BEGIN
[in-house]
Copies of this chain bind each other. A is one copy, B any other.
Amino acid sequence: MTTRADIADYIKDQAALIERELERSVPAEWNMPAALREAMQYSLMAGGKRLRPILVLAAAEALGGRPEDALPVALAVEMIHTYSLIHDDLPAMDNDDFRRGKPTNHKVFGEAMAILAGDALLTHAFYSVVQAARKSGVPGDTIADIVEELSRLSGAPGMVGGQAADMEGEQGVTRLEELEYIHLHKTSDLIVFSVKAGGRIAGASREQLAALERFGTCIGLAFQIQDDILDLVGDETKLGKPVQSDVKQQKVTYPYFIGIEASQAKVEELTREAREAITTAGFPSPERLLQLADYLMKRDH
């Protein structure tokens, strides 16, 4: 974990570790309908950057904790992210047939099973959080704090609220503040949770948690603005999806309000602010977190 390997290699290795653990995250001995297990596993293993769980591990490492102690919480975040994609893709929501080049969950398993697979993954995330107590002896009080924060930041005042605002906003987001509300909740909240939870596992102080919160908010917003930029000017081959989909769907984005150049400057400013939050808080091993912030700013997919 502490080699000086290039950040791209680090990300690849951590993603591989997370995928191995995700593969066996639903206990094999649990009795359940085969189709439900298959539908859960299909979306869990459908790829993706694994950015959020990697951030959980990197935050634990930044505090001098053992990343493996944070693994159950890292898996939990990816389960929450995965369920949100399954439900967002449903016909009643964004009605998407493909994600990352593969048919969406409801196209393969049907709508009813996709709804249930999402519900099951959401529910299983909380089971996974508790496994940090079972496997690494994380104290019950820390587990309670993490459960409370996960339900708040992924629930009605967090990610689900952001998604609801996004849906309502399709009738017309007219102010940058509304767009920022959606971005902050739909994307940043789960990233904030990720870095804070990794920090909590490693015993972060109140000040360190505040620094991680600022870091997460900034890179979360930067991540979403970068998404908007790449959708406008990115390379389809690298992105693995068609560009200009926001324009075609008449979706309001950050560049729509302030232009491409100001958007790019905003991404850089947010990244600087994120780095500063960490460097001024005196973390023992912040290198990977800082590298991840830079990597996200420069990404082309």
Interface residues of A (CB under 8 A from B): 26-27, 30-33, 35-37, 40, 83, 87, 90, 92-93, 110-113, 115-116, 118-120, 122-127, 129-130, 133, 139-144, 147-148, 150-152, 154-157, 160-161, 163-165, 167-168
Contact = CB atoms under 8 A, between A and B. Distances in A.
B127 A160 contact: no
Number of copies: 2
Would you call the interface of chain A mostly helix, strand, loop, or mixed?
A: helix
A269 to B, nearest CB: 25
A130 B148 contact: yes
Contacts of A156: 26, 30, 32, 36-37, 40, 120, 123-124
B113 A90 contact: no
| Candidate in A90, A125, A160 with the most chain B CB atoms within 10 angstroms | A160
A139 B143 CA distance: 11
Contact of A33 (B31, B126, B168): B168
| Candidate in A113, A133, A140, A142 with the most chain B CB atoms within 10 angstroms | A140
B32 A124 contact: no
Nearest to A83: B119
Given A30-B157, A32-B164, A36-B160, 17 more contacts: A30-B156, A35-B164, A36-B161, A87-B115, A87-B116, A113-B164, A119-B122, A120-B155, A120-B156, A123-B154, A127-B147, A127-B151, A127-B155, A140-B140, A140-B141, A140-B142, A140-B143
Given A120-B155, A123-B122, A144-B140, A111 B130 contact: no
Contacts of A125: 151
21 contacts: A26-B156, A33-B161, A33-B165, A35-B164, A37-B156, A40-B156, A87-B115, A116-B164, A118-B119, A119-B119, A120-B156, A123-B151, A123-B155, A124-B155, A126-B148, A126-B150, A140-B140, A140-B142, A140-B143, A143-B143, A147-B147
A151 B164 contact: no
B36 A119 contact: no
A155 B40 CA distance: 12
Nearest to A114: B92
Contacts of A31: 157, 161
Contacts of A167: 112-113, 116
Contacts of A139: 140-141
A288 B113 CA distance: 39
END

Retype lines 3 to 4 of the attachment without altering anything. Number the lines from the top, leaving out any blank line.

Amino acid sequence: MTTRADIADYIKDQAALIERELERSVPAEWNMPAALREAMQYSLMAGGKRLRPILVLAAAEALGGRPEDALPVALAVEMIHTYSLIHDDLPAMDNDDFRRGKPTNHKVFGEAMAILAGDALLTHAFYSVVQAARKSGVPGDTIADIVEELSRLSGAPGMVGGQAADMEGEQGVTRLEELEYIHLHKTSDLIVFSVKAGGRIAGASREQLAALERFGTCIGLAFQIQDDILDLVGDETKLGKPVQSDVKQQKVTYPYFIGIEASQAKVEELTREAREAITTAGFPSPERLLQLADYLMKRDH
């Protein structure tokens, strides 16, 4: 974990570790309908950057904790992210047939099973959080704090609220503040949770948690603005999806309000602010977190 390997290699290795653990995250001995297990596993293993769980591990490492102690919480975040994609893709929501080049969950398993697979993954995330107590002896009080924060930041005042605002906003987001509300909740909240939870596992102080919160908010917003930029000017081959989909769907984005150049400057400013939050808080091993912030700013997919 502490080699000086290039950040791209680090990300690849951590993603591989997370995928191995995700593969066996639903206990094999649990009795359940085969189709439900298959539908859960299909979306869990459908790829993706694994950015959020990697951030959980990197935050634990930044505090001098053992990343493996944070693994159950890292898996939990990816389960929450995965369920949100399954439900967002449903016909009643964004009605998407493909994600990352593969048919969406409801196209393969049907709508009813996709709804249930999402519900099951959401529910299983909380089971996974508790496994940090079972496997690494994380104290019950820390587990309670993490459960409370996960339900708040992924629930009605967090990610689900952001998604609801996004849906309502399709009738017309007219102010940058509304767009920022959606971005902050739909994307940043789960990233904030990720870095804070990794920090909590490693015993972060109140000040360190505040620094991680600022870091997460900034890179979360930067991540979403970068998404908007790449959708406008990115390379389809690298992105693995068609560009200009926001324009075609008449979706309001950050560049729509302030232009491409100001958007790019905003991404850089947010990244600087994120780095500063960490460097001024005196973390023992912040290198990977800082590298991840830079990597996200420069990404082309």